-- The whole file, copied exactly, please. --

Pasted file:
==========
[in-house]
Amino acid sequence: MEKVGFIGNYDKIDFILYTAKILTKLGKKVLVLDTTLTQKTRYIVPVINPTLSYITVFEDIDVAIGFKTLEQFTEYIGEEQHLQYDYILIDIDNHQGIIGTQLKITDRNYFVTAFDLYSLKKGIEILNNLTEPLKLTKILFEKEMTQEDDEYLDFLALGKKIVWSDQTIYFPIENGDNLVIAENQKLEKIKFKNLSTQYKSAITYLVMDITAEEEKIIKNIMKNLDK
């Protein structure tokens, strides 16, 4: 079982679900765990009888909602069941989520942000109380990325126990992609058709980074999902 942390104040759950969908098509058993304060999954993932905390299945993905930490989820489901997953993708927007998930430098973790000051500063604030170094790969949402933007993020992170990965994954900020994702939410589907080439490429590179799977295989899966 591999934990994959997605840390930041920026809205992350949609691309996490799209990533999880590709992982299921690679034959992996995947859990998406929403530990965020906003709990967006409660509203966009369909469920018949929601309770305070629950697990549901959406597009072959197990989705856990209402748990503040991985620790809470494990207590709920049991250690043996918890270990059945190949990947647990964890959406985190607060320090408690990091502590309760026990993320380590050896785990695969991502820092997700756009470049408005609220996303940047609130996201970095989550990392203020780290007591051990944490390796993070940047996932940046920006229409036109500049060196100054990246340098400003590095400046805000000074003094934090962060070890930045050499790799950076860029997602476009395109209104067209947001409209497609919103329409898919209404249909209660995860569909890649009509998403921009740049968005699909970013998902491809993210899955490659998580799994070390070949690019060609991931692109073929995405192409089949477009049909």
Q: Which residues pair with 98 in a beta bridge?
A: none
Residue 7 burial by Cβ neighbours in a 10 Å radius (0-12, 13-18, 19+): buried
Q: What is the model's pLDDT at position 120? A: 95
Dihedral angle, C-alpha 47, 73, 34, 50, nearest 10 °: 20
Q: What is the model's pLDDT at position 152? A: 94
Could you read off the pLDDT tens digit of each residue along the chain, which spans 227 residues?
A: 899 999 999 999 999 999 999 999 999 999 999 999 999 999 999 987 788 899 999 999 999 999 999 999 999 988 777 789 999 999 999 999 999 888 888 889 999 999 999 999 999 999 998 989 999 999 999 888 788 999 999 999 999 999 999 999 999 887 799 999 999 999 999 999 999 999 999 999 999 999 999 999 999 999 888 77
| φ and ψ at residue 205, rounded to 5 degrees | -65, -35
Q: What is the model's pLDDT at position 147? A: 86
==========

[in-house]
Amino acid sequence: MEKVGFIGNYDKIDFILYTAKILTKLGKKVLVLDTTLTQKTRYIVPVINPTLSYITVFEDIDVAIGFKTLEQFTEYIGEEQHLQYDYILIDIDNHQGIIGTQLKITDRNYFVTAFDLYSLKKGIEILNNLTEPLKLTKILFEKEMTQEDDEYLDFLALGKKIVWSDQTIYFPIENGDNLVIAENQKLEKIKFKNLSTQYKSAITYLVMDITAEEEKIIKNIMKNLDK
């Protein structure tokens, strides 16, 4: 079982679900765990009888909602069941989520942000109380990325126990992609058709980074999902 942390104040759950969908098509058993304060999954993932905390299945993905930490989820489901997953993708927007998930430098973790000051500063604030170094790969949402933007993020992170990965994954900020994702939410589907080439490429590179799977295989899966 591999934990994959997605840390930041920026809205992350949609691309996490799209990533999880590709992982299921690679034959992996995947859990998406929403530990965020906003709990967006409660509203966009369909469920018949929601309770305070629950697990549901959406597009072959197990989705856990209402748990503040991985620790809470494990207590709920049991250690043996918890270990059945190949990947647990964890959406985190607060320090408690990091502590309760026990993320380590050896785990695969991502820092997700756009470049408005609220996303940047609130996201970095989550990392203020780290007591051990944490390796993070940047996932940046920006229409036109500049060196100054990246340098400003590095400046805000000074003094934090962060070890930045050499790799950076860029997602476009395109209104067209947001409209497609919103329409898919209404249909209660995860569909890649009509998403921009740049968005699909970013998902491809993210899955490659998580799994070390070949690019060609991931692109073929995405192409089949477009049909």
Q: Which residues pair with 98 in a beta bridge?
A: none
Residue 7 burial by Cβ neighbours in a 10 Å radius (0-12, 13-18, 19+): buried
Q: What is the model's pLDDT at position 120? A: 95
Dihedral angle, C-alpha 47, 73, 34, 50, nearest 10 °: 20
Q: What is the model's pLDDT at position 152? A: 94
Could you read off the pLDDT tens digit of each residue along the chain, which spans 227 residues?
A: 899 999 999 999 999 999 999 999 999 999 999 999 999 999 999 987 788 899 999 999 999 999 999 999 999 988 777 789 999 999 999 999 999 888 888 889 999 999 999 999 999 999 998 989 999 999 999 888 788 999 999 999 999 999 999 999 999 887 799 999 999 999 999 999 999 999 999 999 999 999 999 999 999 999 888 77
| φ and ψ at residue 205, rounded to 5 degrees | -65, -35
Q: What is the model's pLDDT at position 147? A: 86